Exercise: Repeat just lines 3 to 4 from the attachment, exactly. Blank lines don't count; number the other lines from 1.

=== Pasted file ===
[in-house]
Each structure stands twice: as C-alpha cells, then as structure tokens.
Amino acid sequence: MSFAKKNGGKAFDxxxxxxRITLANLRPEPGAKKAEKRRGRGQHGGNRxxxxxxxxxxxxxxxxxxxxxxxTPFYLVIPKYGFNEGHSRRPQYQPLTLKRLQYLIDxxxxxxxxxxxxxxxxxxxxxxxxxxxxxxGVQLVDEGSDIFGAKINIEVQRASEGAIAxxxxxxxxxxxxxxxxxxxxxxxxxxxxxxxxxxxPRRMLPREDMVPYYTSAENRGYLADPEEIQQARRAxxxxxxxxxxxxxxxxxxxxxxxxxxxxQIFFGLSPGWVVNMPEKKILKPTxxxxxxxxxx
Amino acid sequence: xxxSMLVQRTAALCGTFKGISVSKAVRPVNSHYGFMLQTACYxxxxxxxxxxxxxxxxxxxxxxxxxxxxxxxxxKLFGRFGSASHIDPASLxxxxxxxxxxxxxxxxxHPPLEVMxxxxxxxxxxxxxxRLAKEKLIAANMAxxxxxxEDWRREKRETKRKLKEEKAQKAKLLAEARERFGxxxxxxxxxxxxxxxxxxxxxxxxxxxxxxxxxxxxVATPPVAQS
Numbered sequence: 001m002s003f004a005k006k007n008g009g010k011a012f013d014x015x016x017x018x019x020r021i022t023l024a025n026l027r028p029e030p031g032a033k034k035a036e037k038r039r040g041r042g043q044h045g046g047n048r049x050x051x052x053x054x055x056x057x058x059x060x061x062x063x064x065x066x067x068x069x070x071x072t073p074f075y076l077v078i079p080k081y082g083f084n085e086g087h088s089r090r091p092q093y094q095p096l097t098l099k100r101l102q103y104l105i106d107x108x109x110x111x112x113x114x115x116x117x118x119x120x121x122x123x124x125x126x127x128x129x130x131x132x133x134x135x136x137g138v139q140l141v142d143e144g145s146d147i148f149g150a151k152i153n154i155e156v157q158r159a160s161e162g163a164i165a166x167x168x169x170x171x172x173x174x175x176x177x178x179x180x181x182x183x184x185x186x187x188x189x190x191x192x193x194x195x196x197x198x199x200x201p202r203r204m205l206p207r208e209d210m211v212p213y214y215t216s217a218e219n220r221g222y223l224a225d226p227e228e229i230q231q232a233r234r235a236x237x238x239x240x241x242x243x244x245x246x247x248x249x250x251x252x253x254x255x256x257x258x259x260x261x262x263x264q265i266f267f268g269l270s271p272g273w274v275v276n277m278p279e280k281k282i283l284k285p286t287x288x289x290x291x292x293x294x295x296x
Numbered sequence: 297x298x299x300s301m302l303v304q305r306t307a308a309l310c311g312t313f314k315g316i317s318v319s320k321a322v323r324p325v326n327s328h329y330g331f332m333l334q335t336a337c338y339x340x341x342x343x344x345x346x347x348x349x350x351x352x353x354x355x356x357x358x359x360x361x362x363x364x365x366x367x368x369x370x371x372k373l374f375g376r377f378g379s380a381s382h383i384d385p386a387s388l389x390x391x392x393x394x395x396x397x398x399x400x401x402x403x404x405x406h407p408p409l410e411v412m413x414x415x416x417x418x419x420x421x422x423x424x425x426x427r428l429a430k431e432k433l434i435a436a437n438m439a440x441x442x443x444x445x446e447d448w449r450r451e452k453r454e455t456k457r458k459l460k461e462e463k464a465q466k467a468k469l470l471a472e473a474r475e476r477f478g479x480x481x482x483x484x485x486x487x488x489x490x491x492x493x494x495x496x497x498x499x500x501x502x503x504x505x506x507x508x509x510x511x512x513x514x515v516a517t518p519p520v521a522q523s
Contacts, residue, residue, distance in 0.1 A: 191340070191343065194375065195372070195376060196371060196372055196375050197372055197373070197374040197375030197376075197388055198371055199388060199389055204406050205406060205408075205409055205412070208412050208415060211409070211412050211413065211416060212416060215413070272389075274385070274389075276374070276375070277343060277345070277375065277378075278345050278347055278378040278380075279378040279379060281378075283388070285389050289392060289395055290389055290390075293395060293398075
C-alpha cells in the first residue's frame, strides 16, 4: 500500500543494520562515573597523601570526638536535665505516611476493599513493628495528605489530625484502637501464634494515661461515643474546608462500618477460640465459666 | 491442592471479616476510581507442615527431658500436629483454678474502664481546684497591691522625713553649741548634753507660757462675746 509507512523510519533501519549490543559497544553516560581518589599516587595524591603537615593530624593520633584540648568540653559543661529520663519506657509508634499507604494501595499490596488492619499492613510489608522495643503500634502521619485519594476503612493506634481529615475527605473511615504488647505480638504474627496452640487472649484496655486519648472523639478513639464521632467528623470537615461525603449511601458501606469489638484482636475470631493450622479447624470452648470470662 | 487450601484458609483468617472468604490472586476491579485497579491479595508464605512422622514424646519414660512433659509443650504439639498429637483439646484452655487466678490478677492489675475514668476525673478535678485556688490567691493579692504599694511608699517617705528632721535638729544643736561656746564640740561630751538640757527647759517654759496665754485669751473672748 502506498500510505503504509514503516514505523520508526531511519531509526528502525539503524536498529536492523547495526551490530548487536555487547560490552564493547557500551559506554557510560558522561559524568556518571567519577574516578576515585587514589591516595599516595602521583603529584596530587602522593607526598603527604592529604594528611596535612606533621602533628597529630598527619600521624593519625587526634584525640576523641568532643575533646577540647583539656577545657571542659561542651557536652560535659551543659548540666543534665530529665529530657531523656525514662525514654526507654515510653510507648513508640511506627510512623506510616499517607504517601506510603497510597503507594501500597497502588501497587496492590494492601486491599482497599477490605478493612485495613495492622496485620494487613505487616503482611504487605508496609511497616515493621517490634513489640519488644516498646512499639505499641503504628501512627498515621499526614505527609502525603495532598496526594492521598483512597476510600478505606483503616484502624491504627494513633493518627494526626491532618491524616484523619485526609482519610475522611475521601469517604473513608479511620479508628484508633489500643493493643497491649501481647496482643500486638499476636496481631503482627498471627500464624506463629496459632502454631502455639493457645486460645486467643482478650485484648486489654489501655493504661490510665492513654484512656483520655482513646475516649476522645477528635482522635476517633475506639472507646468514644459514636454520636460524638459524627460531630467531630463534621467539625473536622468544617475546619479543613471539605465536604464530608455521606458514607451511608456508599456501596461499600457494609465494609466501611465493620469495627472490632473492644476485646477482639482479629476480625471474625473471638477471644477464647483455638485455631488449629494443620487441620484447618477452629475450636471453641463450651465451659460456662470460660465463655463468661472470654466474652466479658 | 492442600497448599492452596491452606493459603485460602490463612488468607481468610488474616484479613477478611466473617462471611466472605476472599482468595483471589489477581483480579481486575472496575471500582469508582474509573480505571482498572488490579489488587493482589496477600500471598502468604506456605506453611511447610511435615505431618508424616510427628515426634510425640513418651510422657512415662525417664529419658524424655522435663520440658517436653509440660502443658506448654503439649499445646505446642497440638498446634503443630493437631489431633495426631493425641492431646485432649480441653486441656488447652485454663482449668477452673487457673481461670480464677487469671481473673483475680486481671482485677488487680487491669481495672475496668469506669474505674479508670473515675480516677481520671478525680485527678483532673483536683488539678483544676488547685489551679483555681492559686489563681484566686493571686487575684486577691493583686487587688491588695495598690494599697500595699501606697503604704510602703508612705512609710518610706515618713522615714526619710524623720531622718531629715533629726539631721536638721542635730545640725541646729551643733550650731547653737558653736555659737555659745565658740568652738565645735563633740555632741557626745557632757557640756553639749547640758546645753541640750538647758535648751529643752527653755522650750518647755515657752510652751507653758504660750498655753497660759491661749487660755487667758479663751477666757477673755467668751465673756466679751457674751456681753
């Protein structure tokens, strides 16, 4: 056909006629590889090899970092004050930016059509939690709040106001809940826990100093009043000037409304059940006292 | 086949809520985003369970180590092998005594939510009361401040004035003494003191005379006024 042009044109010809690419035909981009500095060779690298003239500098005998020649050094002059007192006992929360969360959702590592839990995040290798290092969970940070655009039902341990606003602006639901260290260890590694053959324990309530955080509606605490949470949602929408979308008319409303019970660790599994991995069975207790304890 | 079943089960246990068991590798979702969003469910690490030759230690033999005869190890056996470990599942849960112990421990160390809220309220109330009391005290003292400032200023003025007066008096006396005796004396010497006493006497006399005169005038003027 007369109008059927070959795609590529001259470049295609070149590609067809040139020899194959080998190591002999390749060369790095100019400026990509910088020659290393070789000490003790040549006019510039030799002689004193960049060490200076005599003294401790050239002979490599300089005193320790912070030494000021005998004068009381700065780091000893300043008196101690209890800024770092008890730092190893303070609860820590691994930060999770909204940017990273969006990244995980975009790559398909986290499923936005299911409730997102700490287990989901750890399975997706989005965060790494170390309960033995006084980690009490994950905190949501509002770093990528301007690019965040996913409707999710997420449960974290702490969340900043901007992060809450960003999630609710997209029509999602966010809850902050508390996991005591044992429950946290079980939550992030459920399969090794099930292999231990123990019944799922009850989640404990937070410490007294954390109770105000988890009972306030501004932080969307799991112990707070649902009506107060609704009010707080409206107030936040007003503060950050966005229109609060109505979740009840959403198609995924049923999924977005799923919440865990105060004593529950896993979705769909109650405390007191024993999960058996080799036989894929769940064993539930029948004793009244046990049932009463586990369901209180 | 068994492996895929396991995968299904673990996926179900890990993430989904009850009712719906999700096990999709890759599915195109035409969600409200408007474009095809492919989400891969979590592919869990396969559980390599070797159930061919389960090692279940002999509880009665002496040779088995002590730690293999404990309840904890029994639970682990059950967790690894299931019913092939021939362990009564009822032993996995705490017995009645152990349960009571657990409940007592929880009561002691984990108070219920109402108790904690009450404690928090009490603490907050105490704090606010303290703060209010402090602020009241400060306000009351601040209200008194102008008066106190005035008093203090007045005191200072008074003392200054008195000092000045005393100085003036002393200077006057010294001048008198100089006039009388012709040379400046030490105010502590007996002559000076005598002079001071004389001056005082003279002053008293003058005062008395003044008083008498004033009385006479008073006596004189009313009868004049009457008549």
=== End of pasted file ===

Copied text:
Amino acid sequence: MSFAKKNGGKAFDxxxxxxRITLANLRPEPGAKKAEKRRGRGQHGGNRxxxxxxxxxxxxxxxxxxxxxxxTPFYLVIPKYGFNEGHSRRPQYQPLTLKRLQYLIDxxxxxxxxxxxxxxxxxxxxxxxxxxxxxxGVQLVDEGSDIFGAKINIEVQRASEGAIAxxxxxxxxxxxxxxxxxxxxxxxxxxxxxxxxxxxPRRMLPREDMVPYYTSAENRGYLADPEEIQQARRAxxxxxxxxxxxxxxxxxxxxxxxxxxxxQIFFGLSPGWVVNMPEKKILKPTxxxxxxxxxx
Amino acid sequence: xxxSMLVQRTAALCGTFKGISVSKAVRPVNSHYGFMLQTACYxxxxxxxxxxxxxxxxxxxxxxxxxxxxxxxxxKLFGRFGSASHIDPASLxxxxxxxxxxxxxxxxxHPPLEVMxxxxxxxxxxxxxxRLAKEKLIAANMAxxxxxxEDWRREKRETKRKLKEEKAQKAKLLAEARERFGxxxxxxxxxxxxxxxxxxxxxxxxxxxxxxxxxxxxVATPPVAQS